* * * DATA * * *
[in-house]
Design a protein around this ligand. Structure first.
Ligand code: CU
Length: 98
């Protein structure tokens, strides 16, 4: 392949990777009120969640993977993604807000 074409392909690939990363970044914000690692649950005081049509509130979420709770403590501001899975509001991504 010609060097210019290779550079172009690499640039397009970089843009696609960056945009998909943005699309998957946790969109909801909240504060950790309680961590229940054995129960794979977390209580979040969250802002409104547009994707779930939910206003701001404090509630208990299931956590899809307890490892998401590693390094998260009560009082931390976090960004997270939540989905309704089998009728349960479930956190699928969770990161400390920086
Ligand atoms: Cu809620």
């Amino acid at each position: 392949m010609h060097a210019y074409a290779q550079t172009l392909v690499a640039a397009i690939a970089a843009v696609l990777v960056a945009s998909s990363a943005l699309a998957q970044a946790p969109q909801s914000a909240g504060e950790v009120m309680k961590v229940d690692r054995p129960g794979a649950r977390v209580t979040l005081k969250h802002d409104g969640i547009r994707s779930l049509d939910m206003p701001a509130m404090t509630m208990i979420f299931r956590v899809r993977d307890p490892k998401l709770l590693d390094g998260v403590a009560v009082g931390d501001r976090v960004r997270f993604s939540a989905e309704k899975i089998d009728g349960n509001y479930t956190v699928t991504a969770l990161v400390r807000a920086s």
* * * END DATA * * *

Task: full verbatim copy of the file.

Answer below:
[in-house]
Design a protein around this ligand. Structure first.
Ligand code: CU
Length: 98
């Protein structure tokens, strides 16, 4: 392949990777009120969640993977993604807000 074409392909690939990363970044914000690692649950005081049509509130979420709770403590501001899975509001991504 010609060097210019290779550079172009690499640039397009970089843009696609960056945009998909943005699309998957946790969109909801909240504060950790309680961590229940054995129960794979977390209580979040969250802002409104547009994707779930939910206003701001404090509630208990299931956590899809307890490892998401590693390094998260009560009082931390976090960004997270939540989905309704089998009728349960479930956190699928969770990161400390920086
Ligand atoms: Cu809620």
């Amino acid at each position: 392949m010609h060097a210019y074409a290779q550079t172009l392909v690499a640039a397009i690939a970089a843009v696609l990777v960056a945009s998909s990363a943005l699309a998957q970044a946790p969109q909801s914000a909240g504060e950790v009120m309680k961590v229940d690692r054995p129960g794979a649950r977390v209580t979040l005081k969250h802002d409104g969640i547009r994707s779930l049509d939910m206003p701001a509130m404090t509630m208990i979420f299931r956590v899809r993977d307890p490892k998401l709770l590693d390094g998260v403590a009560v009082g931390d501001r976090v960004r997270f993604s939540a989905e309704k899975i089998d009728g349960n509001y479930t956190v699928t991504a969770l990161v400390r807000a920086s």